Fernandes: Shareholders who have faith in the airline will be rewarded with earnings growth and dividends. Photo by Sam Fong
KUALA LUMPUR: After he tweeted that AirAsia Group Bhd has made all the right moves in the financial year ended Dec 31, 2018 (FY18), co-founder Tan Sri Tony Fernandes then tweeted another message saying he stood by his remark that 2019 will be the best-ever year for the low-cost carrier.
In the tweet message, Fernandes, whom he and his partner, Datuk Kamarudin Meranun, are the largest controlling shareholders, told the investing public that shareholders who have faith in the airline will be rewarded with earnings growth and dividends.
“Look out for results in the first quarter (ending March 31, 2019),” he tweeted last Friday.
The duo’s investment vehicles — Tune Live Sdn Bhd and Tune Air Sdn Bhd — own 32.5% stake in AirAsia.
In fact, AirAsia shareholders were already rewarded with bumper dividend of 64 sen per share (including a special dividend of 40 sen) in FY18. This translates into a payout ratio of 108%.
The record high dividend, however, did not seem to lend much support to the carrier’s share price which has been on the decline since a year ago. Probably more attention has been drawn to its largest ever quarterly net loss.
AirAsia last week announced that due to higher fuel costs and operating lease expenses, it posted a net loss of RM394.97 million in the fourth quarter ended Dec 31, 2018 (4QFY18), compared to a net profit of RM372.6 million a year ago, although its quarterly revenue had grown 6.2% at RM2.82 billion.
Bloomberg data shows a quarter of the 20 research houses that cover AirAsia have downgraded their ratings the day after the quarterly results announcement, leaving the airline with eight “buy” calls, and six each for “hold” and “sell” calls.
Some RM6.21 billion market capitalisation has evaporated since March 1 last year, when its price was at an all-time high of RM3.85 apiece, valuing AirAsia at RM15.37 billion. Last Friday, it ended at RM2.74, giving it a market capitalisation of RM9.16 billion.
AirAsia, despite the large quarterly losses, was profitable for FY18 with an annual profit of RM1.97 billion or 59.2 sen per share, compared with RM1.62 billion, or 49.3 sen per share.
Excluding a laundry list of one-off items, for example foreign exchange gain of RM130.8 million, fair value loss on derivatives of RM200.2 million, one-off expenses relating to BBAM (Ltd Partnership) of RM146 million, and provision for doubtful third-party charter debts of RM60 million, AirAsia recorded a FY18 core net profit of RM838.6 million, according to Public Invest Research, which has an “outperform” call on the airline.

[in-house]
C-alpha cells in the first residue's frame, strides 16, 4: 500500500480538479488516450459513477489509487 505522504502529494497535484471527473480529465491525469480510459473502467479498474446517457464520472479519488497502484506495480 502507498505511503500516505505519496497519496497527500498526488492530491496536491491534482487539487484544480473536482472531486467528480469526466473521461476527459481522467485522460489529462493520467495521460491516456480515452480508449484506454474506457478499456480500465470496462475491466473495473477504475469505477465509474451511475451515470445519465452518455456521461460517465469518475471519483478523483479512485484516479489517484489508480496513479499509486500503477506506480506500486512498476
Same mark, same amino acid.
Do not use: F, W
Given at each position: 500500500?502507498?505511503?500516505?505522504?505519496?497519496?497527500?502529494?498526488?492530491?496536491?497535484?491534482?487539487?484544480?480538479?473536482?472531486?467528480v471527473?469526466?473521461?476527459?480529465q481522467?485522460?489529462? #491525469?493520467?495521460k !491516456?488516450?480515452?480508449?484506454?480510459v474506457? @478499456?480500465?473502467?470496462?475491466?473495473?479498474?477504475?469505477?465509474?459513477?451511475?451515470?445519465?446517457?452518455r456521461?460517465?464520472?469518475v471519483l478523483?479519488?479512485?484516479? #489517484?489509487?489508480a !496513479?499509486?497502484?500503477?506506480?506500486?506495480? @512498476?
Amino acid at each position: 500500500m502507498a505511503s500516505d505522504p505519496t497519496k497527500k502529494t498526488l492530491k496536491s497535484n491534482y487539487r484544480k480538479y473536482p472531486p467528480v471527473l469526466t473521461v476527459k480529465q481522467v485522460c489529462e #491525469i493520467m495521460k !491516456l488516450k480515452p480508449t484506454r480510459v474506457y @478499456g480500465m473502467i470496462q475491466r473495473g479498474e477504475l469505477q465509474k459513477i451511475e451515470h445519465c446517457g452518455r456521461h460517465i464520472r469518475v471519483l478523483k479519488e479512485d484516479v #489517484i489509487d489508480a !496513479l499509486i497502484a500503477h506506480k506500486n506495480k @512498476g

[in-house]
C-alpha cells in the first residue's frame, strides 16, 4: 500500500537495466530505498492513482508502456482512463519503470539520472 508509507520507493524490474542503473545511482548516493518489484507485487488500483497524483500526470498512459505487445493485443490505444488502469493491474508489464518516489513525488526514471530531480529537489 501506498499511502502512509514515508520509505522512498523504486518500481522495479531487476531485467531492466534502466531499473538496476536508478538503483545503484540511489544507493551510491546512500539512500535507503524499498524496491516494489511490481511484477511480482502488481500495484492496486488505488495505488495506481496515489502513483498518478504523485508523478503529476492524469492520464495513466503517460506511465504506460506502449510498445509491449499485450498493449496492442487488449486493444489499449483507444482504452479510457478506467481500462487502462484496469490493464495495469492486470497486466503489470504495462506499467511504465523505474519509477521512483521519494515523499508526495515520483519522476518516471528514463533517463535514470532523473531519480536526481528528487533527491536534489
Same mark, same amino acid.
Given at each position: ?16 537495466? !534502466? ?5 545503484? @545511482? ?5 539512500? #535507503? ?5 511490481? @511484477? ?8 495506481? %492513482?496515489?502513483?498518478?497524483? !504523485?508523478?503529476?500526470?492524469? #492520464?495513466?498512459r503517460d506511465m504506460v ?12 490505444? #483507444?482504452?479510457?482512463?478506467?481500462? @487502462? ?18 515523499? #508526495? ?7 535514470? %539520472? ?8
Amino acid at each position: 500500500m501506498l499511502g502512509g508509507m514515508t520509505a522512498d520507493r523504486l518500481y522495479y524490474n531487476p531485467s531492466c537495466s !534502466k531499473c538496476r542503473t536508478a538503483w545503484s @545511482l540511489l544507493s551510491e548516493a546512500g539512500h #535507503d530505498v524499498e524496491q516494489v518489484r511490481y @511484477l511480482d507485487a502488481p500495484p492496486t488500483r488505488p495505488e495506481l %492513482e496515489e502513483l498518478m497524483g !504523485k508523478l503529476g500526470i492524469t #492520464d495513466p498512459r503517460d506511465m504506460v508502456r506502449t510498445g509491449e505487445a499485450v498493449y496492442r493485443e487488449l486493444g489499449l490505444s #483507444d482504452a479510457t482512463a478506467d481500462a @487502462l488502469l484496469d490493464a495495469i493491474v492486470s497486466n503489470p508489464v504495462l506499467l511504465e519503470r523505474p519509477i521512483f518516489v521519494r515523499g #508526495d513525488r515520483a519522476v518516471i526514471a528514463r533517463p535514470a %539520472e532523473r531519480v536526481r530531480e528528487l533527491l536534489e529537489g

The research outfit pegs its target price (TP) at RM3.70, which is 35% above against last Friday’s closing of RM2.74.
To recap, in March last year, AirAsia announced the US$1.185 billion sales and leaseback deal to divest wholly-owned aircraft leasing unit Asia Aviation Capital Ltd (AACL) to BBAM.
Fernandes also commented in the tweet massage that the divestment of AACL was “fantastic”, as it locked in the aircraft’s residual value and beef up AirAsia’s balance sheet, while enabling it to pay out generous dividend.
Nomura analyst, Ahmad Maghfur Usman, is upbeat on AirAsia’s earnings outlook “on the back of lower fuel costs coupled with the turnaround from its Asean affiliates, while losses from India are expected to narrow on improved scalability as passenger volumes increase”.
Maghfur’s TP of RM5.20 is the highest among analysts polled by Bloomberg.
He noticed that AirAsia has been more disciplined in terms of capacity management for Malaysia and Indonesia to drive up yield and boost load factor.
Higher yield and load factor are what all airlines looking for simply because these will help widen profit margin.
However, CIMB Research analyst Raymond Yap holds a contrast view on Asia’s biggest low-cost carrier, whose share price has declined nearly 29% from the peak.
In the financial result review dated Feb 28, Yap wrote that AirAsia is likely to incur higher provisions for aircraft maintenance charges compared to the time before the sale and leaseback model take place.
“All else being equal, the squeeze on AirAsia’s profitability will continue to get tighter since a substantial number of AirAsia’s order book with Airbus has been committed for subsequent sale and leaseback with BBAM.
“With lower profitability, AirAsia will be less resilient to the unexpected changes in the business environment,” Yap commented, adding that competition may intensify as Malaysia Airlines Bhd and Malindo Airways Sdn Bhd are expected to increase capacity.
Yap, who has a “reduce” call and a TP of RM1.82 on AirAsia, also cautioned that the new airport departure levy and the potential passenger service charge increase are expected to hurt travel demand in Malaysia, which might resulting AirAsia to subsidise these rate increases.
When contacted, Maybank Investment Bank aviation analyst, Mohshin Aziz, told The Edge Financial Daily that as competition intensify, AirAsia’s pricing power would be substantially lower.
“Beyond that, a lot of their costs have increased. The aircraft operating lease cost, in particular, was quite painful to the company, it had increased more than what we have led to believe,” he said.
Although Mohshin said AirAsia management has said that the worst may have been over and the Malaysian airline industry is seeing a slow recovery, but his own observation seems to suggest that airfares are still in a cheap environment.
Mohshin has a “sell” call on AirAsia, with a fair value of RM2.28. He does not rule out that selling pressure may persist for a while longer.
Analysts have various views on the prospects of AirAsia. Some are paying attention on dark clouds on the horizon, while others see the silver lining behind the dark clouds.
All said, Fernandes reiterated that “time will tell” that AirAsia is on the right path to greater height.